"Even if we should be able to dislodge them from the rough mountain ridges and impenetrable woods which cover the immense territories of these frontiers, they would seek better asylum in the vastness of the Sierra Madre.... [They] know how to surprise and destroy our troops in the mountains and on the plains. They are not ignorant of the use and power of our arms; they manage their own with dexterity; and they are as good or better horsemen than the Spaniards, and having no towns, castles, or temples to defend they may only be attacked in their dispersed and movable rancherias." (Bernardo de Galvez, Instructions for Governing the Interior Provinces of New Spain, 1787, The Quivera Society, Berkeley)
The Apaches of the American Southwest have achieved almost legendary status for their fierceness and their tenacity in fighting the US Army. Names like Nana, Cochise, and Geronimo are synonymous with bravery and daring, and the tribe had that reputation long before the Americans arrived. Indeed, among all the Native American tribes, the Spanish, Mexicans, and Americans learned the hard way that the warriors of the Apache were perhaps the fiercest in North America. Based in the Southwest, the Apaches fought all three in Mexico and the American Southwest, engaging in seasonal raids for so many centuries that the Apaches struck fear into the hearts of all their neighbors.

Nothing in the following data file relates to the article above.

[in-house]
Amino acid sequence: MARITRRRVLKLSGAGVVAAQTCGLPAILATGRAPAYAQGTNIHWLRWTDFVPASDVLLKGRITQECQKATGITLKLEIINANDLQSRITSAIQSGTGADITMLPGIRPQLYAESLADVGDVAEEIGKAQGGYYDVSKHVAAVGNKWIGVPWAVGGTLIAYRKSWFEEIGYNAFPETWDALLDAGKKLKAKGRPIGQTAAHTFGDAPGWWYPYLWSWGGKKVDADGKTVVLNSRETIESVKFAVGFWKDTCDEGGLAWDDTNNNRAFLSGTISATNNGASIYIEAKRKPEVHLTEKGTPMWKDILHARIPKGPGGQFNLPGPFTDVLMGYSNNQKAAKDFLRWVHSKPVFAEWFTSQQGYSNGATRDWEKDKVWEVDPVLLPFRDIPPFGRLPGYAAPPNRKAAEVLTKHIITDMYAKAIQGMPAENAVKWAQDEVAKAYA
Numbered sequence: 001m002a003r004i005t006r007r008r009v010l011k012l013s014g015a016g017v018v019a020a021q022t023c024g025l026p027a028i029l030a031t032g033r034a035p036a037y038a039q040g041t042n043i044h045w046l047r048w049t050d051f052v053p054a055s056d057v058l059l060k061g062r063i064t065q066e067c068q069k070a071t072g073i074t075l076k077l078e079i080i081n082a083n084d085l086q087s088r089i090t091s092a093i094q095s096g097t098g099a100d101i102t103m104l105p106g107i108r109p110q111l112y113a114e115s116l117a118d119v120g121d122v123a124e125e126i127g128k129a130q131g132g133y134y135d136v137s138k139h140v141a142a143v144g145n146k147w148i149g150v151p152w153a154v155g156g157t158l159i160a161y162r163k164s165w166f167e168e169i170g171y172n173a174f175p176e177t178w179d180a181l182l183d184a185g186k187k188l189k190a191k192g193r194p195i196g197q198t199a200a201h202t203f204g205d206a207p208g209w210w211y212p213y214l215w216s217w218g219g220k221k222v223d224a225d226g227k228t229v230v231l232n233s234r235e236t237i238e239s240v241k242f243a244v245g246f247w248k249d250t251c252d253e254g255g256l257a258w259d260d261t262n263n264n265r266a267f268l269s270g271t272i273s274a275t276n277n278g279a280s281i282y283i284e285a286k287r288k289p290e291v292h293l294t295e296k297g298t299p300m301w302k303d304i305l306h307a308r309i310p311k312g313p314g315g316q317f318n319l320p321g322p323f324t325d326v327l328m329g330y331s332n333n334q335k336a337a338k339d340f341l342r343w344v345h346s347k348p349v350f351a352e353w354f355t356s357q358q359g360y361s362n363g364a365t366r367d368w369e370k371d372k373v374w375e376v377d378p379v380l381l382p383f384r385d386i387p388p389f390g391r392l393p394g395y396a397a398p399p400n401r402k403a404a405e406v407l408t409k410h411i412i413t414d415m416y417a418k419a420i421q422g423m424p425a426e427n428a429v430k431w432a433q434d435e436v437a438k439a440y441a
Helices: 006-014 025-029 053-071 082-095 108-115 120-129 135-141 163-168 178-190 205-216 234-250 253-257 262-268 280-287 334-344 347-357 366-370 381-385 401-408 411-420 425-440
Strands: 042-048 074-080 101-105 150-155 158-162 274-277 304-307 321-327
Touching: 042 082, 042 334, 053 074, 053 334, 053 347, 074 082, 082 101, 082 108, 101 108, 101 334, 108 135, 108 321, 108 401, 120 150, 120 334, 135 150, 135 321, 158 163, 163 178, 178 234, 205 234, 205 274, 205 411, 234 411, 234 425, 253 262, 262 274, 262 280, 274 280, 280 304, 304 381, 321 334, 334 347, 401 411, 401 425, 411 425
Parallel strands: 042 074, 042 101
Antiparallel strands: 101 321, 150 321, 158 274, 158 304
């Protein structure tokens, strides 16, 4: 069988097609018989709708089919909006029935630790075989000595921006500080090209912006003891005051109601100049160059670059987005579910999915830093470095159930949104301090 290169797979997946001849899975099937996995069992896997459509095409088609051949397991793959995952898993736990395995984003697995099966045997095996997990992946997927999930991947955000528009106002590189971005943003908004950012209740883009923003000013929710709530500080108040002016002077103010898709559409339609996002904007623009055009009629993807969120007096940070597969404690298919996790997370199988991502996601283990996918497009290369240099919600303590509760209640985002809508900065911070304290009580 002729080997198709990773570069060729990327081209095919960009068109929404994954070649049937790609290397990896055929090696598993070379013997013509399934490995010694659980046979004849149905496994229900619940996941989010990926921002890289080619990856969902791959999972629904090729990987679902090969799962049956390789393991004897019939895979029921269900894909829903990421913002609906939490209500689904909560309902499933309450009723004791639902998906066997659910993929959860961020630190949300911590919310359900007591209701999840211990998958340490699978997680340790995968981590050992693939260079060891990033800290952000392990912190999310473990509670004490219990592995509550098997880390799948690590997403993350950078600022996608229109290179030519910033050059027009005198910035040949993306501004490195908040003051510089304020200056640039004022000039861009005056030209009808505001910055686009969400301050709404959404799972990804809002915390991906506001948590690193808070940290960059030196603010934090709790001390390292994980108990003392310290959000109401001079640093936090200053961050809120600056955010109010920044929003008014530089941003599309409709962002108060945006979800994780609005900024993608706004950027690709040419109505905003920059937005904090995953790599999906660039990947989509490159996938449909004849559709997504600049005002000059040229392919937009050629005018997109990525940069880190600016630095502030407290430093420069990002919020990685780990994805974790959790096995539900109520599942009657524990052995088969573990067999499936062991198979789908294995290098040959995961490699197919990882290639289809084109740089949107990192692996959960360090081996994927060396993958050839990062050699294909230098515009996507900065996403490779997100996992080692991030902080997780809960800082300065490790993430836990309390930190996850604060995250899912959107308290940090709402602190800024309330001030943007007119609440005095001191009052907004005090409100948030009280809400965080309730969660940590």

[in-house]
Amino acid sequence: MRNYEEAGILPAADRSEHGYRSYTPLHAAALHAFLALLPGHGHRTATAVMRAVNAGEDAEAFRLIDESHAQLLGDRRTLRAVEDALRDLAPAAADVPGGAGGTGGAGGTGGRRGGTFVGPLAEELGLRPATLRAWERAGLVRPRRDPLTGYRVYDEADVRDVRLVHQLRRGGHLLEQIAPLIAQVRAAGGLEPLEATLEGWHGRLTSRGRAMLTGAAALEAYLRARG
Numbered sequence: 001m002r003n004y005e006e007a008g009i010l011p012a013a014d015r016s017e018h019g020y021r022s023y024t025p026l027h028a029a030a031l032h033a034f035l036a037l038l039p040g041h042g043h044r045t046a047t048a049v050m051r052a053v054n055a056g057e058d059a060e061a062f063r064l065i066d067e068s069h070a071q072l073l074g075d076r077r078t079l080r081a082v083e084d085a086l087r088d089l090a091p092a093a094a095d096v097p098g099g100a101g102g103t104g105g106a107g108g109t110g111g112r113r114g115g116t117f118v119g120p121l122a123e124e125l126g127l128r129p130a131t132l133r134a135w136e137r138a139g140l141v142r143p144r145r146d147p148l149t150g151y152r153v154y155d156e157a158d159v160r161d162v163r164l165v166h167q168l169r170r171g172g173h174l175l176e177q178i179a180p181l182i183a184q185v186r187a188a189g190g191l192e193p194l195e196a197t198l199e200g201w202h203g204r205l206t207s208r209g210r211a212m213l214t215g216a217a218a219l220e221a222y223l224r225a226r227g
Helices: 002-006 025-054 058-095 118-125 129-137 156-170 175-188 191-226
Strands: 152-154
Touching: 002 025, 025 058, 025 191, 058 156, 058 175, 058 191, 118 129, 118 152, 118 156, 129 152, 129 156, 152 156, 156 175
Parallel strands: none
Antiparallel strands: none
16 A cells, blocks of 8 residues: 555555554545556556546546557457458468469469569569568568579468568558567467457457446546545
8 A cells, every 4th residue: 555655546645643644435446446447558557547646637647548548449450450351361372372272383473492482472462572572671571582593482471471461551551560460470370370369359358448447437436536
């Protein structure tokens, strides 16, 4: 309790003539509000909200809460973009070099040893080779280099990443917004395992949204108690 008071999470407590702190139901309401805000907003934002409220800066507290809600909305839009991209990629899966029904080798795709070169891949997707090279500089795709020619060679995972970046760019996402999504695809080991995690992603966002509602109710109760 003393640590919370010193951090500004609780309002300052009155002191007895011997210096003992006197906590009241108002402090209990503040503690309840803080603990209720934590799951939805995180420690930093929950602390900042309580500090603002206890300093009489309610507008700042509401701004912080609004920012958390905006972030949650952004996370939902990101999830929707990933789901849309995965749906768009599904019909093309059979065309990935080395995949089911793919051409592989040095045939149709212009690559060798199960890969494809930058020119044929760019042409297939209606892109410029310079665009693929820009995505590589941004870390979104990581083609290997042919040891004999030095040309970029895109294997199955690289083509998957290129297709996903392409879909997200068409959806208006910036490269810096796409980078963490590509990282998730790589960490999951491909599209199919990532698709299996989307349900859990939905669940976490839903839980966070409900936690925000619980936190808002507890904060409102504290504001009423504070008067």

Given the group's reputation, it's fitting that they are inextricably associated with one of their most famous leaders, Geronimo. Descendants of people killed by "hostile" Apaches certainly considered warriors like Geronimo to be murderers and thieves whose cultures and societies held no redeeming values, and even today, many Americans associate the name Geronimo with a war cry. The name Geronimo actually came about because of a battle he fought against the Mexicans.
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